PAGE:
Growth in Britain’s private sector picked up speed in the three months to last month and companies think the momentum is likely carry on into early this year, a leading employers group said, suggesting a recent slowing of the economy might be easing.
The Confederation of British Industry (CBI) on Monday said its monthly growth indicator — based on surveys of manufacturers, retailers and services — rose to a three-month high of plus 20 from plus 13 in November and was above a long-run average of plus 5.
“The UK economy has finished the year strongly, with business services acting as a lightning rod for growth,” CBI director-general Carolyn Fairbairn said.
“Nonetheless, there is no room for complacency in 2016 as significant challenges to global growth remain,” she said.
A separate survey of chief financial officers of large British companies, conducted by accountants Deloitte, showed business confidence fell back to levels last seen in 2012.
Growth in business services offset a slight fall in manufacturing in the three months to last month, the CBI said.
The slowdown in the international economy and the strength in sterling have hampered British exports, leaving the recovery reliant on consumers who have been helped by a combination of low inflation, near rock-bottom interest rates and rising wages.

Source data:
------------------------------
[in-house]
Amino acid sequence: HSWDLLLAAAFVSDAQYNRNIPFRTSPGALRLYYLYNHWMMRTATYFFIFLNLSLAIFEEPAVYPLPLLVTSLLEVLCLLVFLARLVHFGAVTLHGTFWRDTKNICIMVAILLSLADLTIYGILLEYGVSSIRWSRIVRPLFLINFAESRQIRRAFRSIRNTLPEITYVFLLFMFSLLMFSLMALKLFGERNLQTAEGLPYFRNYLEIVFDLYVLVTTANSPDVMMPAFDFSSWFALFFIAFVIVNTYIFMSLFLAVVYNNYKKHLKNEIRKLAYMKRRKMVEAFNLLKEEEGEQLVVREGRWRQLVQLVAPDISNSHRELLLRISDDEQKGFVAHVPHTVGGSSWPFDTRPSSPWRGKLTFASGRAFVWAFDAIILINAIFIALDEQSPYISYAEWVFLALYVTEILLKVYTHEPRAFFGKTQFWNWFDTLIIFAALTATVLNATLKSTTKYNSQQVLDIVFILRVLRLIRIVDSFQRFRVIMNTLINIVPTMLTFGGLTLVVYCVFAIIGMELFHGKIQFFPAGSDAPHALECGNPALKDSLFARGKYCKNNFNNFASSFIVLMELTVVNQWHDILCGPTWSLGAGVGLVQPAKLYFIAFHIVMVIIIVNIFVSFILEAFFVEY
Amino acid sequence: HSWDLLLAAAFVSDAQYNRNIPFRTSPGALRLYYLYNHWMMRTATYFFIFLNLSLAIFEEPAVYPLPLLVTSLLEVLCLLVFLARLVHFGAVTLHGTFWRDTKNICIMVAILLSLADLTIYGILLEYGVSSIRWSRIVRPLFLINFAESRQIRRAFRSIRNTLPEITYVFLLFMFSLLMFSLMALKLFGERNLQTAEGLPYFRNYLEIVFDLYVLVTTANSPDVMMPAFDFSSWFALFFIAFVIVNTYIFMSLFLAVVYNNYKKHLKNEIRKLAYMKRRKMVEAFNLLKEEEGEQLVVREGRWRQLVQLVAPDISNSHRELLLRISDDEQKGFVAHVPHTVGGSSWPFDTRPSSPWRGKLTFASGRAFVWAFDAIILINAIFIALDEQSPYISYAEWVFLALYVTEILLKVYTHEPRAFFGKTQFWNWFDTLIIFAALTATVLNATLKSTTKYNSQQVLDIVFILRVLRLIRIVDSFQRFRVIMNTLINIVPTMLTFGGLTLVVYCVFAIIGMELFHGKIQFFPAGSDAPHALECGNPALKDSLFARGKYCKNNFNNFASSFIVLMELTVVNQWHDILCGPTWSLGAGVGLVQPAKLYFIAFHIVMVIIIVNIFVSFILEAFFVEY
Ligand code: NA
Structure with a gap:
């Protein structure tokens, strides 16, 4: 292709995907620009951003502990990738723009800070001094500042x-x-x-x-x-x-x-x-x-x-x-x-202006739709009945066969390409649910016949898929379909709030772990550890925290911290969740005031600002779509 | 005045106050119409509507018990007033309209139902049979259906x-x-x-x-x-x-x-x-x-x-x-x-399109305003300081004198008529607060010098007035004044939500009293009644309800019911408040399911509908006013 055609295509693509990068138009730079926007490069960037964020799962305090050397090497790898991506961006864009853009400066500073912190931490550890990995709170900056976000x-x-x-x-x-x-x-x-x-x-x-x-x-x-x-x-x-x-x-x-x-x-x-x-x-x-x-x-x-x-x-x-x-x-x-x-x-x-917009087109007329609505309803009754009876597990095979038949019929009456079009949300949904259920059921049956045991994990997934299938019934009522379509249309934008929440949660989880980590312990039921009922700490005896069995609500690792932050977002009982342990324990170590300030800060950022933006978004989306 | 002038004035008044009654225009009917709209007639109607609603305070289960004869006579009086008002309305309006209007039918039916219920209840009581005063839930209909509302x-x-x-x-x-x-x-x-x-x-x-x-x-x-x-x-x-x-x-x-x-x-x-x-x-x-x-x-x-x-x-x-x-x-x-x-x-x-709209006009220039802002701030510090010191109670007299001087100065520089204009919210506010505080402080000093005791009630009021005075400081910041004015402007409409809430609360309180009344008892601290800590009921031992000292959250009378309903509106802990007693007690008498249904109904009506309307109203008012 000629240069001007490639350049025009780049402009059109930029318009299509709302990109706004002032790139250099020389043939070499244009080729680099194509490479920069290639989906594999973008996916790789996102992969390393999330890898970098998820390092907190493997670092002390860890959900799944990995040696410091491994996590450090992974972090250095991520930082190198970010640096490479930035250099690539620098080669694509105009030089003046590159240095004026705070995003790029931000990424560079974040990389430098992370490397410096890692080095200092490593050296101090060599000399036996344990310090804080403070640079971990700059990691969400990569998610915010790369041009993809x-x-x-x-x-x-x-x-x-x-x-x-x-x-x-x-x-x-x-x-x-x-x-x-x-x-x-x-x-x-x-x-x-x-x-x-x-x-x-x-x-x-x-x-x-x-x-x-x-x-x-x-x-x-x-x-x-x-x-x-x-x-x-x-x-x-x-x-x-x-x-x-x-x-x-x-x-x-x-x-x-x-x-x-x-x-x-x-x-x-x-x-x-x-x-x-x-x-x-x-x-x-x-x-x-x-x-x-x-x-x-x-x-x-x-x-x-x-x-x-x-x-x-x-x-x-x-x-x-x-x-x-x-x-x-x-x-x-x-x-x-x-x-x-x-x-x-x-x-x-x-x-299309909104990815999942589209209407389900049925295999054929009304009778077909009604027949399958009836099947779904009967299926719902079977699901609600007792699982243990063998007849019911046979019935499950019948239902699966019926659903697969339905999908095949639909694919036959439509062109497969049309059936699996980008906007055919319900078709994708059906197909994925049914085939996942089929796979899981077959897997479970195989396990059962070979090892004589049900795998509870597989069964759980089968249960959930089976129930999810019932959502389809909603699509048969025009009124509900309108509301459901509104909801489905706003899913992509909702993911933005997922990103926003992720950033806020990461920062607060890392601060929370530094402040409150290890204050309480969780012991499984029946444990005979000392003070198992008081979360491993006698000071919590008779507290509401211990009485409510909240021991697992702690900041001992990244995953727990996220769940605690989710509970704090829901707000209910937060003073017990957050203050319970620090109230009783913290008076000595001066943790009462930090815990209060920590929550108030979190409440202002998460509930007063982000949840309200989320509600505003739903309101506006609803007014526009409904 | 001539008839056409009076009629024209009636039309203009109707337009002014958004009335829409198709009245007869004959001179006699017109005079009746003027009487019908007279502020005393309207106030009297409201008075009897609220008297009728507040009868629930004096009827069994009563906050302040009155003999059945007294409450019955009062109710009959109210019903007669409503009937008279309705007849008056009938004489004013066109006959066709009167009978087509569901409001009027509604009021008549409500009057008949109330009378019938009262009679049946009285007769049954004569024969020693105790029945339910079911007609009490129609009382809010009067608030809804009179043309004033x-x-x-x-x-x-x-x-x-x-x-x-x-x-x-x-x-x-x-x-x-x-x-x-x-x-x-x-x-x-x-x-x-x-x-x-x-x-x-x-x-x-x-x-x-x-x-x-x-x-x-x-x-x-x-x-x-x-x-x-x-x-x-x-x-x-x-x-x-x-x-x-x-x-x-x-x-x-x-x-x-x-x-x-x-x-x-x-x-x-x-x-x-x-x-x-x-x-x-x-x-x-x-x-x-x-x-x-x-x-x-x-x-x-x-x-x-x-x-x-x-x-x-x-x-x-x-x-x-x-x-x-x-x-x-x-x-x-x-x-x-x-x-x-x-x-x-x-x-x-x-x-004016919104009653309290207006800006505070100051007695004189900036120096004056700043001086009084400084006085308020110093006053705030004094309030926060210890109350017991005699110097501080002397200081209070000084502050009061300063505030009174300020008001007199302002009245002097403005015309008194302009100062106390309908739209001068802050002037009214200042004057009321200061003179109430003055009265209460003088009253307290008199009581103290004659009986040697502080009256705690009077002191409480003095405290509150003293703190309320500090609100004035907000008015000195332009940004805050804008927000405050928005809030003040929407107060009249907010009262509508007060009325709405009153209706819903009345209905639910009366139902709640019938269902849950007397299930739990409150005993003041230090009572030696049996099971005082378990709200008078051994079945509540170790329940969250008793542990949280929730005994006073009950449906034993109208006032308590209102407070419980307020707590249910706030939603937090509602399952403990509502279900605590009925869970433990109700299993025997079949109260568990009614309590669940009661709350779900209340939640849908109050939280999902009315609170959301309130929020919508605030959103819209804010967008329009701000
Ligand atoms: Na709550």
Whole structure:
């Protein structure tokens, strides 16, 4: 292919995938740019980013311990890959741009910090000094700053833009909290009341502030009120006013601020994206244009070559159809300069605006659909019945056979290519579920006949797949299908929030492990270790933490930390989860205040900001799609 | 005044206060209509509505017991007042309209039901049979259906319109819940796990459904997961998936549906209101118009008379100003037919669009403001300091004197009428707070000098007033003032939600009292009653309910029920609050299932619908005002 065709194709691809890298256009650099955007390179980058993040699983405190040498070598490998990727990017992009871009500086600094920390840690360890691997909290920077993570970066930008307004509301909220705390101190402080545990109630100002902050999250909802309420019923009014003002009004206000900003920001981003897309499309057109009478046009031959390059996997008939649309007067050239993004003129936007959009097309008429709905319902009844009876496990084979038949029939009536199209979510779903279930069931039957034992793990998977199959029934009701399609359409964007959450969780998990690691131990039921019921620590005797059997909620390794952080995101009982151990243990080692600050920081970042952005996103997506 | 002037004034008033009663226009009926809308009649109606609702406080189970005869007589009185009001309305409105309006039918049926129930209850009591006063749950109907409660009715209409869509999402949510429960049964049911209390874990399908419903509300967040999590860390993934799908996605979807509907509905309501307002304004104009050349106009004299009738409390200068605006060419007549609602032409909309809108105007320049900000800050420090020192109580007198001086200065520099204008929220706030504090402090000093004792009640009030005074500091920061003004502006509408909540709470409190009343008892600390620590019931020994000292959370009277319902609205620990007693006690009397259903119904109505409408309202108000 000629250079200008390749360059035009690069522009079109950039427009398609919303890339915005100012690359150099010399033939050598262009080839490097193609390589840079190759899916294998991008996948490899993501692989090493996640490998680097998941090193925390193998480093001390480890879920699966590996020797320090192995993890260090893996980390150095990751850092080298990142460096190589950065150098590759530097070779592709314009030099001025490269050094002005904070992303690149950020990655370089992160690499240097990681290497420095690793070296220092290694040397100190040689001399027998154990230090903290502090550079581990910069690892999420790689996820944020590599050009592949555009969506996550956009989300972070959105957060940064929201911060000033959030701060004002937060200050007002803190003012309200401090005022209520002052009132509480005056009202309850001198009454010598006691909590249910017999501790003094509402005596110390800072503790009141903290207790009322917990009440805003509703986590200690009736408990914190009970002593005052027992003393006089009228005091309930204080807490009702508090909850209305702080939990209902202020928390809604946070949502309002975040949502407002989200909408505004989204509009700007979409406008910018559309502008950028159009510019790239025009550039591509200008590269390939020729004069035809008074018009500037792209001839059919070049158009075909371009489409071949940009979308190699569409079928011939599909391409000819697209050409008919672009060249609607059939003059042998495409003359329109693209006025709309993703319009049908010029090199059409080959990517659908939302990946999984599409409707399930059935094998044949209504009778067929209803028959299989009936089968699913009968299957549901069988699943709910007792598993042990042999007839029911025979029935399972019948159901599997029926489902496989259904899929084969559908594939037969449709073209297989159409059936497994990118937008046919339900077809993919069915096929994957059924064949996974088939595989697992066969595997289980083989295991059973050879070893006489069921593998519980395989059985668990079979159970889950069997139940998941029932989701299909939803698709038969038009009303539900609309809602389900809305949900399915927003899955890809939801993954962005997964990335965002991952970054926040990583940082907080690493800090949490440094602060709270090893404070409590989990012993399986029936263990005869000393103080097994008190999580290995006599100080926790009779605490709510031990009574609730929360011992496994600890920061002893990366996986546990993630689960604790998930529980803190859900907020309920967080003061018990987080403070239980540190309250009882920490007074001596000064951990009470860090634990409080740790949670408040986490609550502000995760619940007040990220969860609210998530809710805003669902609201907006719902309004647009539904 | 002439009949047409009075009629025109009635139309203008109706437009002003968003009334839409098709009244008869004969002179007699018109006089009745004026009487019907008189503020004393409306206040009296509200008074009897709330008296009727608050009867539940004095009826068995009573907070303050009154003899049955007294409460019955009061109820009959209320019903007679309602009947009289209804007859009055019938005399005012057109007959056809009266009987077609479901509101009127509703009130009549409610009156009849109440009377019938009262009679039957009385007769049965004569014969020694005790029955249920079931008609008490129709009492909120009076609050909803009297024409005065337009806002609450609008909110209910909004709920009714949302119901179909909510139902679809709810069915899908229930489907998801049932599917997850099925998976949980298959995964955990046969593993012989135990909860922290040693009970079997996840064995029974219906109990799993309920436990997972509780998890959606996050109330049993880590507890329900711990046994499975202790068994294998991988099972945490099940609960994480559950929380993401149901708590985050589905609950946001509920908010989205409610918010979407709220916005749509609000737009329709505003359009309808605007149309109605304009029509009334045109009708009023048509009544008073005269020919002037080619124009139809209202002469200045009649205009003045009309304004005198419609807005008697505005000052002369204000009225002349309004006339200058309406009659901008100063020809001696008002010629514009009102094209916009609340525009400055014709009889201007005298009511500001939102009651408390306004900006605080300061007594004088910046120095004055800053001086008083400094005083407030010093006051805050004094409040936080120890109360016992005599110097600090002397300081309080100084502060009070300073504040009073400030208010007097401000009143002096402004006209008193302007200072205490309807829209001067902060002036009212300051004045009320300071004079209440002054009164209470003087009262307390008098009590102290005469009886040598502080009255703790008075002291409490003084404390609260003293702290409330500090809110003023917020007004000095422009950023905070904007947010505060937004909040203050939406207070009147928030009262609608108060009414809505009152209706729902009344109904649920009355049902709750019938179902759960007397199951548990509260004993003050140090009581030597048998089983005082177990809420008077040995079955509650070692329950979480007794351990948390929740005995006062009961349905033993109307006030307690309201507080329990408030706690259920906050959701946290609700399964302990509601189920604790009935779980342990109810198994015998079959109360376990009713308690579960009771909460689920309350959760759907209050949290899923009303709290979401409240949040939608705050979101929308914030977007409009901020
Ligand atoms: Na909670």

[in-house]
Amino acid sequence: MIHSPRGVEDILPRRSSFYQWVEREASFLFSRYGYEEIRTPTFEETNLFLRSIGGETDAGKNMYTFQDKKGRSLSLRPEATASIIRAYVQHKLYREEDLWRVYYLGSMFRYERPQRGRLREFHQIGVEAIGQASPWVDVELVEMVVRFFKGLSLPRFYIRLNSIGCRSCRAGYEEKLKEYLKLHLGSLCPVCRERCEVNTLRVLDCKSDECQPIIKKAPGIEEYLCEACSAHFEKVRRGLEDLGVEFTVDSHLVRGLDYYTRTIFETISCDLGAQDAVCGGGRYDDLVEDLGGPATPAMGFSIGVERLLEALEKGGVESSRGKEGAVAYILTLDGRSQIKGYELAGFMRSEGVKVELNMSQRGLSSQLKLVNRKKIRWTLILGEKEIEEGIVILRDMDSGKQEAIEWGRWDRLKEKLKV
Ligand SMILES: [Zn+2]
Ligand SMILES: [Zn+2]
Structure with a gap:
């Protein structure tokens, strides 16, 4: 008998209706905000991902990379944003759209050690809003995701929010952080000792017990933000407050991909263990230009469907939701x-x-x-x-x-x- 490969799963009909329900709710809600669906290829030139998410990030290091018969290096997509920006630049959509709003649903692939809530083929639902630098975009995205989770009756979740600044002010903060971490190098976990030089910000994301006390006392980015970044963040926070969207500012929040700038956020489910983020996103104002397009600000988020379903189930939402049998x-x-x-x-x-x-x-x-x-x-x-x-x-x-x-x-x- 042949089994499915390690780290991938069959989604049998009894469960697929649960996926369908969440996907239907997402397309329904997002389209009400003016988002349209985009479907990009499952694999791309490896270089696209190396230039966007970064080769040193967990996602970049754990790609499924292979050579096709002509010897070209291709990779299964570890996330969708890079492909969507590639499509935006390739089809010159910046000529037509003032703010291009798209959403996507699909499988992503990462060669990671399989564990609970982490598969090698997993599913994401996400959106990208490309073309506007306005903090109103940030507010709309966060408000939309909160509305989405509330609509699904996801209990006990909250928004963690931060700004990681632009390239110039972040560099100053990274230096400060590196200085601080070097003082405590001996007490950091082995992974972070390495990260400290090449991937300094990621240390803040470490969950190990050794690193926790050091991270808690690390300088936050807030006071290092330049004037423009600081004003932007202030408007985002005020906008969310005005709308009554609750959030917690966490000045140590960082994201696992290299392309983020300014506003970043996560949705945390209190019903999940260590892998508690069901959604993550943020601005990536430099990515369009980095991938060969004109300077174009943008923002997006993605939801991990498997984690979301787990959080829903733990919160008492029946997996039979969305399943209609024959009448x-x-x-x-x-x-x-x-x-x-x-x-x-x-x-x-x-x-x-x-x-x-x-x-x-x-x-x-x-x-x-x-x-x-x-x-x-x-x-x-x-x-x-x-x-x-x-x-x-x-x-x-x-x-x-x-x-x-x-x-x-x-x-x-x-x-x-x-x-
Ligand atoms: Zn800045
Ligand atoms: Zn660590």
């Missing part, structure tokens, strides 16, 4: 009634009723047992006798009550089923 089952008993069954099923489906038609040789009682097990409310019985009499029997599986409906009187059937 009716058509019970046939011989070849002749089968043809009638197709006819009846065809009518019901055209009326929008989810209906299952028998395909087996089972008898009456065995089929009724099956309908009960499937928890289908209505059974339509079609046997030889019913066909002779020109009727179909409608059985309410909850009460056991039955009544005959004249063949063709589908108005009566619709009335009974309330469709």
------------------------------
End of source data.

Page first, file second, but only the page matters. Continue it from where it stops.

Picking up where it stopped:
Britain’s economy has outpaced many of its peers in the developed world over the past couple of years, but growth slowed to 0.4 percent in the third quarter, according to unexpectedly weak official figures published last month. This year as a whole, growth is likely to have slowed to around 2.2 percent, down from 2.9 percent in 2014.
The Bank of England has said it expected the economy to grow by 0.6 percent in the fourth quarter of this year. It is watching for signs of stronger wage growth before moving towards its first interest rate hike since before the financial crisis.
The CBI survey found output expectations for the next three months rose to plus 20 last month from plus 17 in November.
Some economists have warned that uncertainty over Britain’s planned referendum on its membership of the EU could hurt growth This year. British Prime Minister David Cameron has said he expects to hold the referendum within the next two years.
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